Michael Jordan, pro basketball’s greatest player, and a lackluster executive for two franchises, once said in a Nike commercial, “I’ve failed over and over and over again in my life. And that is why I succeed.”
He got another chance when his bid for the NBA’s Charlotte Bobcats was accepted. Although, how much he paid is in dispute. Forbes magazine set the Bobcats’ value at $175 million: a steep plunge from the $300 million Robert L. Johnson paid for the team in 2003.
The NBA won’t provide details, but a spokesman’s e-mail to The Root stated, “we expect the transaction will value the Bobcats at between $275-$290 million and that Michael Jordan is acquiring an 80 percent stake.”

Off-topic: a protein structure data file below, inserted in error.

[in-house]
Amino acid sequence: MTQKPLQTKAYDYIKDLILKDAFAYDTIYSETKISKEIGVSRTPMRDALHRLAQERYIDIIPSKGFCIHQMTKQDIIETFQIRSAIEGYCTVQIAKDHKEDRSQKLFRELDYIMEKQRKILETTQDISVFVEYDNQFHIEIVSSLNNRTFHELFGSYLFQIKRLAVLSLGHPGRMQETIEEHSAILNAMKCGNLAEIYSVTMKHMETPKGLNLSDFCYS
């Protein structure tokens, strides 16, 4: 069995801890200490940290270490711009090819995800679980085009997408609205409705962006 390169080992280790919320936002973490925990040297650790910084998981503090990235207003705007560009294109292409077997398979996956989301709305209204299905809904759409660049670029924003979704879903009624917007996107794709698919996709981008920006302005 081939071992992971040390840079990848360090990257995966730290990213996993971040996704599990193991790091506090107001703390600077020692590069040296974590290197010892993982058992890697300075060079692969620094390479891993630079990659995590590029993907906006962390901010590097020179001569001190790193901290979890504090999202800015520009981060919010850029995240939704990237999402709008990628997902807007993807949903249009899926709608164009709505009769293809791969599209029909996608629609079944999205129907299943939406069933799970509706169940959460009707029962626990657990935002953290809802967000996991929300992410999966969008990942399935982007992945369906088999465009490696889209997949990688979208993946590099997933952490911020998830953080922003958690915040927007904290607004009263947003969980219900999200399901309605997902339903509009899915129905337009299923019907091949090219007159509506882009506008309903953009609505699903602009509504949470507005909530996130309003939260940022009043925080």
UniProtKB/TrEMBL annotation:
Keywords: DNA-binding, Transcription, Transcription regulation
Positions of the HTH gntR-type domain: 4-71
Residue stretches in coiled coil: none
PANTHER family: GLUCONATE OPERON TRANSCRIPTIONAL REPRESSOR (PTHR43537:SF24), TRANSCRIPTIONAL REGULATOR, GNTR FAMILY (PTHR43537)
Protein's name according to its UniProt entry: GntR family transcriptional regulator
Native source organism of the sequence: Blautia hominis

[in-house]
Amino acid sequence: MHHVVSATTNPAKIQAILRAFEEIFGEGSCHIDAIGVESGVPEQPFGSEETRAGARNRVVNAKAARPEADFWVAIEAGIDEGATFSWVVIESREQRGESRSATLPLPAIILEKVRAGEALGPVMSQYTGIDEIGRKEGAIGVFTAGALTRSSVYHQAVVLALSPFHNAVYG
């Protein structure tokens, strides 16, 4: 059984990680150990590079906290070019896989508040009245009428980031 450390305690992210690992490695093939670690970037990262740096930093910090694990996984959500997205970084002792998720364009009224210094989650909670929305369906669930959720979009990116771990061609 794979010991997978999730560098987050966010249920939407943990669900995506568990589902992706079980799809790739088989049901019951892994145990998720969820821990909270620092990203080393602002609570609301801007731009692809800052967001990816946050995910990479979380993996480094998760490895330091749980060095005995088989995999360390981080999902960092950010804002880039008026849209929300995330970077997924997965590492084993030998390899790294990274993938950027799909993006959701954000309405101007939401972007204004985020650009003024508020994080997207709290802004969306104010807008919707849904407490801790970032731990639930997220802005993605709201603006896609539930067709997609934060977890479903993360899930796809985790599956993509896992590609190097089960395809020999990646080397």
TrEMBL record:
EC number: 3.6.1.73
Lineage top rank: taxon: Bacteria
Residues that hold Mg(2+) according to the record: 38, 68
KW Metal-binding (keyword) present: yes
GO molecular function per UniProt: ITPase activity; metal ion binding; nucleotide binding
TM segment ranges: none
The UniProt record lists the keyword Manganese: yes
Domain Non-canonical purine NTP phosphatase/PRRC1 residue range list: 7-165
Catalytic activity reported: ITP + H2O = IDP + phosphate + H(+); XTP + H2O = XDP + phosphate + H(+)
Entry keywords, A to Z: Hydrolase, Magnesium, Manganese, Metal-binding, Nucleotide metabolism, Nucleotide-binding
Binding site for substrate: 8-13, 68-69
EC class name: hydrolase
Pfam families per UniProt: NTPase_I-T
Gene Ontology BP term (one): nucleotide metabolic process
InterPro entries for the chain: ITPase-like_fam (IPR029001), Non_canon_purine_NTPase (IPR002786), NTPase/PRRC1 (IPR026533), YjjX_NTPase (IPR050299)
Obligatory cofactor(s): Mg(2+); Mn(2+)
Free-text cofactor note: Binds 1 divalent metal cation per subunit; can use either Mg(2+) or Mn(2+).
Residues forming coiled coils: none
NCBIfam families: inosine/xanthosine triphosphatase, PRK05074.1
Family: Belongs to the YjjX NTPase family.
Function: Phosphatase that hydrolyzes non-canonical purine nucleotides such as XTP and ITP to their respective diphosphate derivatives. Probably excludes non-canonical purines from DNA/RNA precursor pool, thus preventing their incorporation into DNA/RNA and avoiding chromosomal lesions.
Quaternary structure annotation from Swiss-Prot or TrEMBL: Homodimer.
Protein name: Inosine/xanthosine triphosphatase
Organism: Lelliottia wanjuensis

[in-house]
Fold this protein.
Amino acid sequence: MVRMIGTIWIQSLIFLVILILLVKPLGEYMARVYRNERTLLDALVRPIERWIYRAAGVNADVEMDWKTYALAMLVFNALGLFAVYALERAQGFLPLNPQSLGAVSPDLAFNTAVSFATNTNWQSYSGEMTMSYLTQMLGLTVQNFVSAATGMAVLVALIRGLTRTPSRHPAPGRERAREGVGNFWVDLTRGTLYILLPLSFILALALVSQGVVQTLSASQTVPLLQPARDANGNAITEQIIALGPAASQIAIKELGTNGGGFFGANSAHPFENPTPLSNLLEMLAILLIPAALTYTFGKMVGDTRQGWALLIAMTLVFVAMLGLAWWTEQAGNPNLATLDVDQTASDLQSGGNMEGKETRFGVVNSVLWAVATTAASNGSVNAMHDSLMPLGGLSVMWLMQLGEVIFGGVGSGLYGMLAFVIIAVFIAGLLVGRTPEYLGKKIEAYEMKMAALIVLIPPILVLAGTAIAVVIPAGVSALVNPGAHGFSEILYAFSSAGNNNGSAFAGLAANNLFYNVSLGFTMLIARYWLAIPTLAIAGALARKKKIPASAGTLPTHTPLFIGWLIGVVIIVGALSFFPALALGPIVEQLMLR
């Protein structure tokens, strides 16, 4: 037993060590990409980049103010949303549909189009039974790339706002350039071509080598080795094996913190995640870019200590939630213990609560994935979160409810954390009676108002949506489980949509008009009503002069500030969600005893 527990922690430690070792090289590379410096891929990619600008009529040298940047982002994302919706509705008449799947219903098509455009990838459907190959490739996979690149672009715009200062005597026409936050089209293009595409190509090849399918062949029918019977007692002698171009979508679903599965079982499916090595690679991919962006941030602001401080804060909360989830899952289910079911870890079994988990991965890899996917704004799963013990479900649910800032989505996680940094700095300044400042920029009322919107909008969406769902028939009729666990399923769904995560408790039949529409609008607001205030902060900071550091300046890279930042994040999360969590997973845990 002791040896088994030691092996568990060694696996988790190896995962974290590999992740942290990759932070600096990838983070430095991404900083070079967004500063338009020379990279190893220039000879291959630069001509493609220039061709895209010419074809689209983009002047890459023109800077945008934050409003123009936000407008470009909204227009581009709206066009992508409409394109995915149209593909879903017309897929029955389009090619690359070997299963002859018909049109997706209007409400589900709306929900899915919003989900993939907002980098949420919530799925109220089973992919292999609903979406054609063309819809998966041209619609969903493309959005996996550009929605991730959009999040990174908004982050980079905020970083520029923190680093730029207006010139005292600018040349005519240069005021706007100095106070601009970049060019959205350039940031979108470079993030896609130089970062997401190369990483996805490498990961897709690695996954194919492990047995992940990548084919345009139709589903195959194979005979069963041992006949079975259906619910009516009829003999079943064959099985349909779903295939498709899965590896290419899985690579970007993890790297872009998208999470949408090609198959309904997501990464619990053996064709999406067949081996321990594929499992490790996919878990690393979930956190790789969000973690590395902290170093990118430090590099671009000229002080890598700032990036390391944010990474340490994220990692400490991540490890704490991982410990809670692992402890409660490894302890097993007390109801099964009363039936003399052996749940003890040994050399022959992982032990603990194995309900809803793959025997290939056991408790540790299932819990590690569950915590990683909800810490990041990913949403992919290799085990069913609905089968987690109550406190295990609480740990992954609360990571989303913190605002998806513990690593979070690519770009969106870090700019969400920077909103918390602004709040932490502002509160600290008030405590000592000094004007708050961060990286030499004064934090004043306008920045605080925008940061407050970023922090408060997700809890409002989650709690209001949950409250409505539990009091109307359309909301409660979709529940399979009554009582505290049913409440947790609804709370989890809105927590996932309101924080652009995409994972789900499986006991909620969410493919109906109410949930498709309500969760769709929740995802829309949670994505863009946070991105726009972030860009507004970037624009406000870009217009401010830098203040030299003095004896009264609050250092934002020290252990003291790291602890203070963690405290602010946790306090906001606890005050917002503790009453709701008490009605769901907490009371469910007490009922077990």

The deal between Johnson, the first black majority owner of a major U.S. pro sports team, and NBA legend Michael Jordan, who earned hundreds of millions highlights why no other blacks own controlling shares in pro basketball, football or baseball teams.
During segregation, when fan interest was high, start-up costs were low, and there was scant competition, blacks started, bought and sold leagues and teams. Today’s pro sports owners–often billionaires–have access to enormous capital, influential associates and can manage the timing of a deal.
Since the 1980s, African Americans have controlled one or two of those ingredients, but the trio needed to be a majority owner eluded everyone except Johnson and Jordan. Blacks are, and have been, pro team limited partners. This is a look at some of those would-be owners, as well as individuals who decided to invest in teams in less expensive pro sports.